The Film Business

Using Kickstarter to finance your movie

Photo by Alan Cleaver

Crowd Funding has become a great new way to raise money for any given project. The ideas range from gadgets like Cine Skates that have gone well over ten-times their 20K goal to multi-million dollar Super Bowl spec spots. Like, Kentucky for Kentucky.

We are about to embark on a little crowd funding of our own. We recently got approved for a kickstarter campaign to help finance “The Board Of Education,” a feature length documentary about corporal punishment in the US public school system.

Kickstarter is one of the premiere crowd funding organizations. It has been very successful at helping thousands of people turn their ideas into a reality. There is simple application process. It only took me about three days from concept to approval. Once you are approved you have plenty of time to create your kickstarter page. You then have only sixty days to meet your funding goal.

We chose Kickstarter over options like IndieGoGo and Rocket Hub simply because it is an all or nothing situation. At Kickstarter, if you don’t meet your fundraising goal, you get nothing. Because of this, we felt that it was worth it to take the risk of not getting funded over trying to make a film with insufficient funds. It feels more challenging to have a successful kickstarter campaign and comes with a higher reward.

Here is a quote from the approval email I received from Kickstarter.

Check out Recommended projects for inspiration: http://www.kickstarter.com/discover, and explore Kickstarter School for tons of tips on making a great project: http://www.kickstarter.com/help/school.

Some of the things you’ll learn:

1) A video is a must. It makes an emotional connection and shows you care. Plus, projects with video succeed at a much higher rate!

2) Cool rewards make a big difference. Not every reward has to be special, but they’re a great opportunity to share what’s unique to you and your project.

3) Spreading the word pays off. You provide the experience and the idea, your network helps fund and promote it.

And remember, funding is all or nothing — you can always raise more, but never less! You’ll want to choose a funding goal that will cover costs and fulfill rewards, but also one that is reasonably attainable through the support of your networks.

If you have questions, check out our Help Center: http://www.kickstarter.com/help/.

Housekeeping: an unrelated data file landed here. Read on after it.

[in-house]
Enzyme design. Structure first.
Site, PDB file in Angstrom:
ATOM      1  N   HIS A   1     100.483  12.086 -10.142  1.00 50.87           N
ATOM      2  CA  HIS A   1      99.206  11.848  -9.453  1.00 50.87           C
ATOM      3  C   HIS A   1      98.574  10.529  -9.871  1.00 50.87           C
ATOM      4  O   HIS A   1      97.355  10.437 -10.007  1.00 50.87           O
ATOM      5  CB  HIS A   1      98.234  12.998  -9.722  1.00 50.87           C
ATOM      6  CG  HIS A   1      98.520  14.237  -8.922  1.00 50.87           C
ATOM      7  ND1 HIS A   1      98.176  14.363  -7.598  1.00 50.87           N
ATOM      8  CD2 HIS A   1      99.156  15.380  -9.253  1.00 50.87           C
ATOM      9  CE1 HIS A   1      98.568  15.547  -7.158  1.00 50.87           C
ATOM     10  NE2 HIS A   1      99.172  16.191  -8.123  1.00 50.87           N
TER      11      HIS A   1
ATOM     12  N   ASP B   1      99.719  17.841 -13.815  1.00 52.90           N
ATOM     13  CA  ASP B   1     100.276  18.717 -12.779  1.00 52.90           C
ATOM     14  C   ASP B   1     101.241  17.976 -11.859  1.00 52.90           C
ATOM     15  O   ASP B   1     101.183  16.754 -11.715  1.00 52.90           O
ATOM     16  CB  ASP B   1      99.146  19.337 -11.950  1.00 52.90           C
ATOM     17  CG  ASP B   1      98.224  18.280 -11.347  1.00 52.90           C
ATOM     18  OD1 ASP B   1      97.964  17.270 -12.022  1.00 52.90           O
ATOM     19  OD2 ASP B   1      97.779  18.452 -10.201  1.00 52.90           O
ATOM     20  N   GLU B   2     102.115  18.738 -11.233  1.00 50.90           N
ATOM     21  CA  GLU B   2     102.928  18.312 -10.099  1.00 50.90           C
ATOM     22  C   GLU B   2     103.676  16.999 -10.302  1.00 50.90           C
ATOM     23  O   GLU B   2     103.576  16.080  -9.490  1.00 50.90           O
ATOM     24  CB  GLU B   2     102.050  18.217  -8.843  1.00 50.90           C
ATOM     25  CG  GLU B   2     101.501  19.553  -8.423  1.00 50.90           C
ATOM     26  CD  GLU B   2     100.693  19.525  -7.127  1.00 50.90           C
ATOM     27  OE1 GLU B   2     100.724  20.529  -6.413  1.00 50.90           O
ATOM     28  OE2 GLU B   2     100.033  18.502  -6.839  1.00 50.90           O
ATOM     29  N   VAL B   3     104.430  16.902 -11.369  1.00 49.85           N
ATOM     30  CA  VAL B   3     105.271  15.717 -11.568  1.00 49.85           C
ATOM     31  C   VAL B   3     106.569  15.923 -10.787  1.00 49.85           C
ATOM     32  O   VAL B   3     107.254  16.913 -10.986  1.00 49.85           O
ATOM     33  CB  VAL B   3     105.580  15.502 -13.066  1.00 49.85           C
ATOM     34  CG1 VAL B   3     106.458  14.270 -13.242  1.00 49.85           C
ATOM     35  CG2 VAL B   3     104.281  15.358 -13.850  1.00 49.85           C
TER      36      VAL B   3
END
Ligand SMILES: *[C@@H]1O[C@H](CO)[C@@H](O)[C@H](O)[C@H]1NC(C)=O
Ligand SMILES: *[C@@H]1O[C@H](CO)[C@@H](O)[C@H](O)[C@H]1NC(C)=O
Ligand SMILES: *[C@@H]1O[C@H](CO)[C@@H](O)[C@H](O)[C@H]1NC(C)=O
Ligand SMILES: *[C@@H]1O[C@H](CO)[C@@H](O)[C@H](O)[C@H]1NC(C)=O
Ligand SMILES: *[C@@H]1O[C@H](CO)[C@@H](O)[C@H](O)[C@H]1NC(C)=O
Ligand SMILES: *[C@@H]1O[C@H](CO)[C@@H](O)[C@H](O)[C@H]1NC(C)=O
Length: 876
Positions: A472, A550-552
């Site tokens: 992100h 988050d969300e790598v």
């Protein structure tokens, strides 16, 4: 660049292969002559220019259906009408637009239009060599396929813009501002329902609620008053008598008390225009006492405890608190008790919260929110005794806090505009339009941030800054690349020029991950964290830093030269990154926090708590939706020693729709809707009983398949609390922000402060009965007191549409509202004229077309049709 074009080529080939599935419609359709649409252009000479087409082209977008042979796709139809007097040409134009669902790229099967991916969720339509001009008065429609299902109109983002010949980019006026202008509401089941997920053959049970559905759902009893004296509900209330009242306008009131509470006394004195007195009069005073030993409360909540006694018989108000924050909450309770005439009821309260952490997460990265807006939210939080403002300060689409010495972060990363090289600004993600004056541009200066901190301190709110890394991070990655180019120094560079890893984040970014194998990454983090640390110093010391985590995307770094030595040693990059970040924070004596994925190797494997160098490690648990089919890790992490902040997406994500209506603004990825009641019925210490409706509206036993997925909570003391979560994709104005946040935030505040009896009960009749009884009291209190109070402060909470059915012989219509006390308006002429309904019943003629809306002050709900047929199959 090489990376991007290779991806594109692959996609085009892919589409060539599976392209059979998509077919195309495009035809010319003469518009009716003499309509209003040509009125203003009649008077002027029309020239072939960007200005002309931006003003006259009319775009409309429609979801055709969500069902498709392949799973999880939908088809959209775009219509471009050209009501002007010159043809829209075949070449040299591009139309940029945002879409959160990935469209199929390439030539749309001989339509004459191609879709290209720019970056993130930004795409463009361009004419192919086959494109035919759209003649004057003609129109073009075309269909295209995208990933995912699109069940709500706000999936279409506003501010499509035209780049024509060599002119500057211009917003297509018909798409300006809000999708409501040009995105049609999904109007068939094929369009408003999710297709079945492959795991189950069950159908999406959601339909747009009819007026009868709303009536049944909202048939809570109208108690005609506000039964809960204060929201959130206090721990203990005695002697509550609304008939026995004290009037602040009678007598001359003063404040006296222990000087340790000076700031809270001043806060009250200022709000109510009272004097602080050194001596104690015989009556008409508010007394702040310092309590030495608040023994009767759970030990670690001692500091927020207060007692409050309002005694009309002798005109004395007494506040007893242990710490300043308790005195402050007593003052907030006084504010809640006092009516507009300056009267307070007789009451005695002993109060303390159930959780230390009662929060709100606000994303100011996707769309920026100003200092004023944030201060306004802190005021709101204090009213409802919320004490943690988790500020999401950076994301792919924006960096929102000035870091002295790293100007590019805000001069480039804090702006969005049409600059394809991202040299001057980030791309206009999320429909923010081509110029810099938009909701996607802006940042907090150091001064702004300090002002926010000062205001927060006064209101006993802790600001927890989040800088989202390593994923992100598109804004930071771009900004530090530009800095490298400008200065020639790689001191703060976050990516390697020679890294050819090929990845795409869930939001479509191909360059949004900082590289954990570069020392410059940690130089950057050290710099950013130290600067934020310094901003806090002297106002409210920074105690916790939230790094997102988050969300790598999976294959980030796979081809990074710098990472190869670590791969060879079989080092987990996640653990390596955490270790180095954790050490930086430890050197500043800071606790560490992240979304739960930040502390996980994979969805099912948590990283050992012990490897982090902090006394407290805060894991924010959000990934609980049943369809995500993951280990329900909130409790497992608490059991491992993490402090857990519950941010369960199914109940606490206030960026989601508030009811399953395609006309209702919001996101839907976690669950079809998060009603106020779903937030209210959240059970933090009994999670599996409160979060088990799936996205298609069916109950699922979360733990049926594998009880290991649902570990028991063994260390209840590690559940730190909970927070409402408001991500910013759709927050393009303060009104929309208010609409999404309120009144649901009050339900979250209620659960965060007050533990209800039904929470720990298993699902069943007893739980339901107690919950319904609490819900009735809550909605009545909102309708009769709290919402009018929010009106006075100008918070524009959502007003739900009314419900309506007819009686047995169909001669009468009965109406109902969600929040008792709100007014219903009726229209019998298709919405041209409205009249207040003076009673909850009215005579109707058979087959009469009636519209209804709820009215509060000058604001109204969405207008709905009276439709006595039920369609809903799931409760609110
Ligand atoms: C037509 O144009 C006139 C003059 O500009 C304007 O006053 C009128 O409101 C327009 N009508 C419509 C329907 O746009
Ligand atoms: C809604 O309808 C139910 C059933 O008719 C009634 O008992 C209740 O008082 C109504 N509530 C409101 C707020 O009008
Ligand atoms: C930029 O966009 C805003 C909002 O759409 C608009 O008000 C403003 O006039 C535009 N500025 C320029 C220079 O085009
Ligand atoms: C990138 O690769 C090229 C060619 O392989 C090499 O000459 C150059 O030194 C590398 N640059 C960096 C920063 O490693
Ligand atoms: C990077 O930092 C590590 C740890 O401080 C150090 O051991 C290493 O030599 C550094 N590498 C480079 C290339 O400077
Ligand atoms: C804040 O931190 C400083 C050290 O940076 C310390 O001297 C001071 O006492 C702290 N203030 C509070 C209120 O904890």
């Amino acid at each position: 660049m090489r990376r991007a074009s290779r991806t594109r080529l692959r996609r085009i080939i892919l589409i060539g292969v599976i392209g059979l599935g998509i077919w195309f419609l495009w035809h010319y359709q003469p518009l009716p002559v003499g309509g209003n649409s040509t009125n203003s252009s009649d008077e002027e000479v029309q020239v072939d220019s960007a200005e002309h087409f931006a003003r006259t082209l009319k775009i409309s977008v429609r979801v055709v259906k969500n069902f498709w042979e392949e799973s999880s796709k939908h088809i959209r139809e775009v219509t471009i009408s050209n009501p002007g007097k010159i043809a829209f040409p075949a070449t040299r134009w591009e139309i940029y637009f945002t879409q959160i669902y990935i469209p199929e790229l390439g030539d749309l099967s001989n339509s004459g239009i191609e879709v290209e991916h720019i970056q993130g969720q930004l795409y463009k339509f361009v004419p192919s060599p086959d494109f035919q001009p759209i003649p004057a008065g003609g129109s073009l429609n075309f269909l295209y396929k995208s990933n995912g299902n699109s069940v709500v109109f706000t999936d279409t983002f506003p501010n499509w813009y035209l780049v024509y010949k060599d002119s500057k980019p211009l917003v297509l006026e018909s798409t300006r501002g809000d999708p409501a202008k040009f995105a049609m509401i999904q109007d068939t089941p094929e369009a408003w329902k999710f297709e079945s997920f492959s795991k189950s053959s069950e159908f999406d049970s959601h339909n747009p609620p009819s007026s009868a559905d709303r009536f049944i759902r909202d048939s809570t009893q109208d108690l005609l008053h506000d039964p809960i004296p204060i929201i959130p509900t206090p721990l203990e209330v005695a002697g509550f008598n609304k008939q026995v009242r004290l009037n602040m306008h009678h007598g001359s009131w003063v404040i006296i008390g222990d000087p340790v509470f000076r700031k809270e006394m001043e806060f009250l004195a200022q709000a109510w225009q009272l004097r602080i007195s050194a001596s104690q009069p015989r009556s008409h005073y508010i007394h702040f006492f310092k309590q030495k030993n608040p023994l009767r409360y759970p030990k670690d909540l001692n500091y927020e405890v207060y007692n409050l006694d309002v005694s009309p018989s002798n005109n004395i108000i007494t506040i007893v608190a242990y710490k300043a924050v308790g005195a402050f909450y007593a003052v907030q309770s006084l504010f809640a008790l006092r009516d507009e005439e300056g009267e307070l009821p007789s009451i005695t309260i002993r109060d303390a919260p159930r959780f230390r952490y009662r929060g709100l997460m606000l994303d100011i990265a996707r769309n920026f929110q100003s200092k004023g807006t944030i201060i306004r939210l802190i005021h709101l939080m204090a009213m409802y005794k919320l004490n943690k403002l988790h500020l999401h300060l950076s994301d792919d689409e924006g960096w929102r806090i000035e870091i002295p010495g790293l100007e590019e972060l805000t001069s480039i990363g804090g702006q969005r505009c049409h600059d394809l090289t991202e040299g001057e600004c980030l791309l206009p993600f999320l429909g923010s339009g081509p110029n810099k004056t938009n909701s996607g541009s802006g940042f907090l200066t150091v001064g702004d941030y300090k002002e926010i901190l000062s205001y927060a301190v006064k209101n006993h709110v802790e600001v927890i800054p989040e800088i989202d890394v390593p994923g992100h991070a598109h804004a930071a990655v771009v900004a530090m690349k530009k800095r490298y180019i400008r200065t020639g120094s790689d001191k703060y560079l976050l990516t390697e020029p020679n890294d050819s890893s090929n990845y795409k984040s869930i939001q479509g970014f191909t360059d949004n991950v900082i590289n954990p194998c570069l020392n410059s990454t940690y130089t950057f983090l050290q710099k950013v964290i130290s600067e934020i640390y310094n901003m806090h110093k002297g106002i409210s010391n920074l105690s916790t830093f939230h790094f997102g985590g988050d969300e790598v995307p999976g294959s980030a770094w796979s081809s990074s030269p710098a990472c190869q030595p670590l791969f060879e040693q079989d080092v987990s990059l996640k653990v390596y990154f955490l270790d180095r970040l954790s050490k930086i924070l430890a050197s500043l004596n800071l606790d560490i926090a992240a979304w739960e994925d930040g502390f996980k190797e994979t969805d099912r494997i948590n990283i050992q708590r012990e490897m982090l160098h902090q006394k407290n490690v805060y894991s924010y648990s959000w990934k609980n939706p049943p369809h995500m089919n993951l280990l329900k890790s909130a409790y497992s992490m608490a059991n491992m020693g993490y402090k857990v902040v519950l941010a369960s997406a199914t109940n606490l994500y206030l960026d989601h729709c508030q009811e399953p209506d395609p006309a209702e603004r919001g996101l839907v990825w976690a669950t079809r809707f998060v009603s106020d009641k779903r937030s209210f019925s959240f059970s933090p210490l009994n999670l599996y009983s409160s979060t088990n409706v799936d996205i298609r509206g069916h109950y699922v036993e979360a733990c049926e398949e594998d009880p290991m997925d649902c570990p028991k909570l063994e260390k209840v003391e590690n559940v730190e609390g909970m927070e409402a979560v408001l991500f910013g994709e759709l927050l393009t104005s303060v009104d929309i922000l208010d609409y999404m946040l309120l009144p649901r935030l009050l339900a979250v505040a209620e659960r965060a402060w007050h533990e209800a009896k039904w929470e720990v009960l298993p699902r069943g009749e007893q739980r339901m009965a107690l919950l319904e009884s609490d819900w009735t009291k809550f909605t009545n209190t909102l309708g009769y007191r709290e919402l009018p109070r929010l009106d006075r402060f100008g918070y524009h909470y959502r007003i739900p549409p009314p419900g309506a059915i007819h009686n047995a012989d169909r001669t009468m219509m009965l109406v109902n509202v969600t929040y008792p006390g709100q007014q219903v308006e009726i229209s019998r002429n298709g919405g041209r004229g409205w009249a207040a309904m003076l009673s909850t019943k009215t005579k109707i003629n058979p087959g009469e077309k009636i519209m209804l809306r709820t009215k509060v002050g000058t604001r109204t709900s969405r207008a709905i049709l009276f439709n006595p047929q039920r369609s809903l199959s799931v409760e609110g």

Good luck!

Elisabeth

There are two kickstarter campaigns that we are following closely. The feature film Man- Child by Ryan B Koo and the TV pilot Riven by Brian Ramage and Philip Bloom. “Man Child” is on a good track and has raised over half its goal with about a week left. I asked Koo how he felt now that he was in the home stretch. Here is his response:

Because Kickstarter is all or nothing, you certainly don’t want to set your goal too high. Man-child is going to be a difficult film to make even if the campaign makes its ambitious goal of $115,000, because of the size of the cast, the number of locations, and the logistical complexity of a team sports film. So there are two things that are keeping me from panicking at this point:

The first is that I couldn’t make this movie for any less, so I’m not second-guessing myself and thinking I should’ve set a lower goal. If someone were to set a goal to raise enough money to pay themselves and make a movie comfortably, I could see doubt creeping in at this stage, but this is going to be a film that’s made with a lot of unpaid positions (including myself).

The second reason I’m not panicking is because I have worked as hard as humanly possible to get the campaign this far — I am not doing anything else with my life other than writing about and promoting the campaign. I’ve also been preparing for this for the last 18 months. And now my days, nights, weekdays, and weekends are all spent working on this. If you’re giving something your all, it’s hard to second guess anything because you simply don’t have time. (Click here for more info on “Man-child”)

Riven the Brian Ramage and Philip Bloom TV pilot project, narrowly missed it’s goal of $48K and has moved into a plan “B” stage of self-funding: simply ask for donations. This is yet another way to fund a project there are no fees, goals or timelines to restrict the flow of funding. Brian has come up with some great rewards. For example: a thirty-five dollar donation gets you “Exclusive access to the Top Secret production blog and a behind the scenes look at Philip, Brian and the rest of the crew as they put together this pilot episode. This and various other rewards are available on the Riven website.

We felt that was important to fund our film “The Board Of Education” via crowd funding simply to stay as impartial as possible on this polarizing topic. Everyone that I have spoken with about this topic has a strong opinion either way. The stories of shoes, rulers and paddles with names just flow out of them. For us to make this documentary properly we must gain the respect of both sides. Crowd funding will give us the complete financial and creative control we need to achieve that goal. We will share our experiences of this process with you as we prepare to launch our own kickstarter campaign.

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